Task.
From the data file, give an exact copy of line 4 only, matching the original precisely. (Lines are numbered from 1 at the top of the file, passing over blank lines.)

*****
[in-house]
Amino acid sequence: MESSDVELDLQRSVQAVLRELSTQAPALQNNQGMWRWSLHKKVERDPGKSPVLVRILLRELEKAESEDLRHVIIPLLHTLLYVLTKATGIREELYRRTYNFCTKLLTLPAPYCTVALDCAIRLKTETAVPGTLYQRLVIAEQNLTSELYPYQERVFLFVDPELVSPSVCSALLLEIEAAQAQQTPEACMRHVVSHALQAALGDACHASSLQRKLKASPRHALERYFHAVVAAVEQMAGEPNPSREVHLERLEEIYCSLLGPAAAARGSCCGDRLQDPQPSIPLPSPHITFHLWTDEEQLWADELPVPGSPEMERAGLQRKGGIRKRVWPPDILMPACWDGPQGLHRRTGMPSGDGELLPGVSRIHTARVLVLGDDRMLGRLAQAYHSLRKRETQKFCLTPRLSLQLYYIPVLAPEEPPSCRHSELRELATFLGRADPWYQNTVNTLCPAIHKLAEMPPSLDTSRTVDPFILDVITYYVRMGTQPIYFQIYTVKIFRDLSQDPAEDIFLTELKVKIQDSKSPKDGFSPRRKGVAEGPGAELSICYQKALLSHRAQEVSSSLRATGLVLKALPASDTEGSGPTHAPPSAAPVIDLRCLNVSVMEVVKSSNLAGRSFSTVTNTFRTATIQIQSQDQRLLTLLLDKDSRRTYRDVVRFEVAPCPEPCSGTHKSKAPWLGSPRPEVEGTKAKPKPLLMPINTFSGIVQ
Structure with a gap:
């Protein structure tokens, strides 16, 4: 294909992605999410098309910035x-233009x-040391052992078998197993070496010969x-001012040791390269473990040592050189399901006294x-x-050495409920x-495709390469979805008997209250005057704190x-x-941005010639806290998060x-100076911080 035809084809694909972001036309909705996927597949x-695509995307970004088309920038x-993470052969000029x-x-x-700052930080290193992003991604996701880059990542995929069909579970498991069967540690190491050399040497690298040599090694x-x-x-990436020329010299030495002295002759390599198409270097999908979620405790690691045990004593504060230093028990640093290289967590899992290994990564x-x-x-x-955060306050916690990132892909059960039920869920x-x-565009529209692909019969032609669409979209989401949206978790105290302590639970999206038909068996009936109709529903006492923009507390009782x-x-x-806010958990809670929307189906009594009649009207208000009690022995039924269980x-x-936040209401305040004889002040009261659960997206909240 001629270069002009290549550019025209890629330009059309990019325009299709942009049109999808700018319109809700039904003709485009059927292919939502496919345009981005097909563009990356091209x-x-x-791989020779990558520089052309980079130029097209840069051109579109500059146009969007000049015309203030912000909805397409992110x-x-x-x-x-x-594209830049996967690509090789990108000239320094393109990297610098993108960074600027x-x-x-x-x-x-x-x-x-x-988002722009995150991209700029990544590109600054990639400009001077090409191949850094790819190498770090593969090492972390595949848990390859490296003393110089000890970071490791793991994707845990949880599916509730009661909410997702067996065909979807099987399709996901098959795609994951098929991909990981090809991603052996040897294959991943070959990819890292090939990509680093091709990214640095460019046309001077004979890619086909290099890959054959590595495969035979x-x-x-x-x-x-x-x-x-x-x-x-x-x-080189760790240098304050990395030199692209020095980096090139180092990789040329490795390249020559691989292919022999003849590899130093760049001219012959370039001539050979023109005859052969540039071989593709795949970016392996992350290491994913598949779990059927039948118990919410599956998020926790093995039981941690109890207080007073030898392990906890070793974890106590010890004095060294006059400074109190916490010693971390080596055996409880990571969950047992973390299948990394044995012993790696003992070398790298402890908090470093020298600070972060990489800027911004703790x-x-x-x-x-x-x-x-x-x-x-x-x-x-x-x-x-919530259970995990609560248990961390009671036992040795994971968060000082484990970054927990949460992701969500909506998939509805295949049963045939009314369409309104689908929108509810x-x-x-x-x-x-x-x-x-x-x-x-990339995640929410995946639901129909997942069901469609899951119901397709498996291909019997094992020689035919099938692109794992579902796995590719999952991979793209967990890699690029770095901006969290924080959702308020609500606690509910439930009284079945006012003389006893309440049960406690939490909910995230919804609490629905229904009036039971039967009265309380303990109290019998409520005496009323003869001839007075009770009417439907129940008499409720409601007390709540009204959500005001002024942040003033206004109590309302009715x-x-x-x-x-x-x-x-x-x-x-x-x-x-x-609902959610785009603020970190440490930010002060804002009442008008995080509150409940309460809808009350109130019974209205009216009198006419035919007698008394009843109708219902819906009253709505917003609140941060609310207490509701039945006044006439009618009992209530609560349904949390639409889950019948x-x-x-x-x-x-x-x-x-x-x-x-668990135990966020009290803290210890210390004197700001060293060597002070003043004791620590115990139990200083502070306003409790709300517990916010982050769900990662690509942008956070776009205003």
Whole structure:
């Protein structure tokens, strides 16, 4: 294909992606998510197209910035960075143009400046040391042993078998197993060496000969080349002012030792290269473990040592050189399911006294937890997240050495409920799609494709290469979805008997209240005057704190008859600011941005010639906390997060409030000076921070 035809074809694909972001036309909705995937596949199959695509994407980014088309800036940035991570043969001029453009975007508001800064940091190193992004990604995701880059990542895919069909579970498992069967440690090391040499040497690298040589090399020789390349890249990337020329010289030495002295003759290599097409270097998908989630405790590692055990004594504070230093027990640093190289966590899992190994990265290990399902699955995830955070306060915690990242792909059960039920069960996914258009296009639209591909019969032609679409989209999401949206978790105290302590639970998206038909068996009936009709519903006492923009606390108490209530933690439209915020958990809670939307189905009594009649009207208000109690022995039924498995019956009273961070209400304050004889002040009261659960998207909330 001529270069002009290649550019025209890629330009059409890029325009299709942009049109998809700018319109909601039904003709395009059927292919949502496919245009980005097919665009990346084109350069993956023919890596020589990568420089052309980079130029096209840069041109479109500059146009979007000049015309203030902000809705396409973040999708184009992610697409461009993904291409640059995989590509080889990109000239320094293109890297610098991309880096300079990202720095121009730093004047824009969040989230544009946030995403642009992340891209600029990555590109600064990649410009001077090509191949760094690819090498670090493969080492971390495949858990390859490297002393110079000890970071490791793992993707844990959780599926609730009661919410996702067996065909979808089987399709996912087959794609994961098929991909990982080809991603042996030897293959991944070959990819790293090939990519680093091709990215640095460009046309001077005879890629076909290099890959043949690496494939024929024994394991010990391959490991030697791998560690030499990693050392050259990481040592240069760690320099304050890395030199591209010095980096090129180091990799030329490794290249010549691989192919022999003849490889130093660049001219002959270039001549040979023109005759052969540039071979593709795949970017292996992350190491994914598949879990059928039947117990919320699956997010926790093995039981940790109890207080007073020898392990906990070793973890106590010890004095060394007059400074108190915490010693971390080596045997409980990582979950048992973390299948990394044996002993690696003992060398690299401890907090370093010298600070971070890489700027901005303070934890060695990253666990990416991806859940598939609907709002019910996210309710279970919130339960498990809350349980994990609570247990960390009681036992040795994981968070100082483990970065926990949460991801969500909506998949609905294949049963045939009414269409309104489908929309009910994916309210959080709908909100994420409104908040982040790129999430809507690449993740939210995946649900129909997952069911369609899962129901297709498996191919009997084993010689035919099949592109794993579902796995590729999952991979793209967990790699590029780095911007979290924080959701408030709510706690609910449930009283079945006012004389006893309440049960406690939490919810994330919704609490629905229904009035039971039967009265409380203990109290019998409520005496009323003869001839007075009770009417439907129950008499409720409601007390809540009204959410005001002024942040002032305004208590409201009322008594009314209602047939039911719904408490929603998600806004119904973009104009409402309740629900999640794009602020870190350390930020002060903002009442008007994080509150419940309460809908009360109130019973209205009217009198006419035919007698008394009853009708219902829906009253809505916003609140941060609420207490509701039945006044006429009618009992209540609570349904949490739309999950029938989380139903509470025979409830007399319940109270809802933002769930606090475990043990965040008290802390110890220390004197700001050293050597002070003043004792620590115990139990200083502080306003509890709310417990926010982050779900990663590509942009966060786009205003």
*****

């Protein structure tokens, strides 16, 4: 294909992605999410098309910035x-233009x-040391052992078998197993070496010969x-001012040791390269473990040592050189399901006294x-x-050495409920x-495709390469979805008997209250005057704190x-x-941005010639806290998060x-100076911080 035809084809694909972001036309909705996927597949x-695509995307970004088309920038x-993470052969000029x-x-x-700052930080290193992003991604996701880059990542995929069909579970498991069967540690190491050399040497690298040599090694x-x-x-990436020329010299030495002295002759390599198409270097999908979620405790690691045990004593504060230093028990640093290289967590899992290994990564x-x-x-x-955060306050916690990132892909059960039920869920x-x-565009529209692909019969032609669409979209989401949206978790105290302590639970999206038909068996009936109709529903006492923009507390009782x-x-x-806010958990809670929307189906009594009649009207208000009690022995039924269980x-x-936040209401305040004889002040009261659960997206909240 001629270069002009290549550019025209890629330009059309990019325009299709942009049109999808700018319109809700039904003709485009059927292919939502496919345009981005097909563009990356091209x-x-x-791989020779990558520089052309980079130029097209840069051109579109500059146009969007000049015309203030912000909805397409992110x-x-x-x-x-x-594209830049996967690509090789990108000239320094393109990297610098993108960074600027x-x-x-x-x-x-x-x-x-x-988002722009995150991209700029990544590109600054990639400009001077090409191949850094790819190498770090593969090492972390595949848990390859490296003393110089000890970071490791793991994707845990949880599916509730009661909410997702067996065909979807099987399709996901098959795609994951098929991909990981090809991603052996040897294959991943070959990819890292090939990509680093091709990214640095460019046309001077004979890619086909290099890959054959590595495969035979x-x-x-x-x-x-x-x-x-x-x-x-x-x-080189760790240098304050990395030199692209020095980096090139180092990789040329490795390249020559691989292919022999003849590899130093760049001219012959370039001539050979023109005859052969540039071989593709795949970016392996992350290491994913598949779990059927039948118990919410599956998020926790093995039981941690109890207080007073030898392990906890070793974890106590010890004095060294006059400074109190916490010693971390080596055996409880990571969950047992973390299948990394044995012993790696003992070398790298402890908090470093020298600070972060990489800027911004703790x-x-x-x-x-x-x-x-x-x-x-x-x-x-x-x-x-919530259970995990609560248990961390009671036992040795994971968060000082484990970054927990949460992701969500909506998939509805295949049963045939009314369409309104689908929108509810x-x-x-x-x-x-x-x-x-x-x-x-990339995640929410995946639901129909997942069901469609899951119901397709498996291909019997094992020689035919099938692109794992579902796995590719999952991979793209967990890699690029770095901006969290924080959702308020609500606690509910439930009284079945006012003389006893309440049960406690939490909910995230919804609490629905229904009036039971039967009265309380303990109290019998409520005496009323003869001839007075009770009417439907129940008499409720409601007390709540009204959500005001002024942040003033206004109590309302009715x-x-x-x-x-x-x-x-x-x-x-x-x-x-x-609902959610785009603020970190440490930010002060804002009442008008995080509150409940309460809808009350109130019974209205009216009198006419035919007698008394009843109708219902819906009253709505917003609140941060609310207490509701039945006044006439009618009992209530609560349904949390639409889950019948x-x-x-x-x-x-x-x-x-x-x-x-668990135990966020009290803290210890210390004197700001060293060597002070003043004791620590115990139990200083502070306003409790709300517990916010982050769900990662690509942008956070776009205003």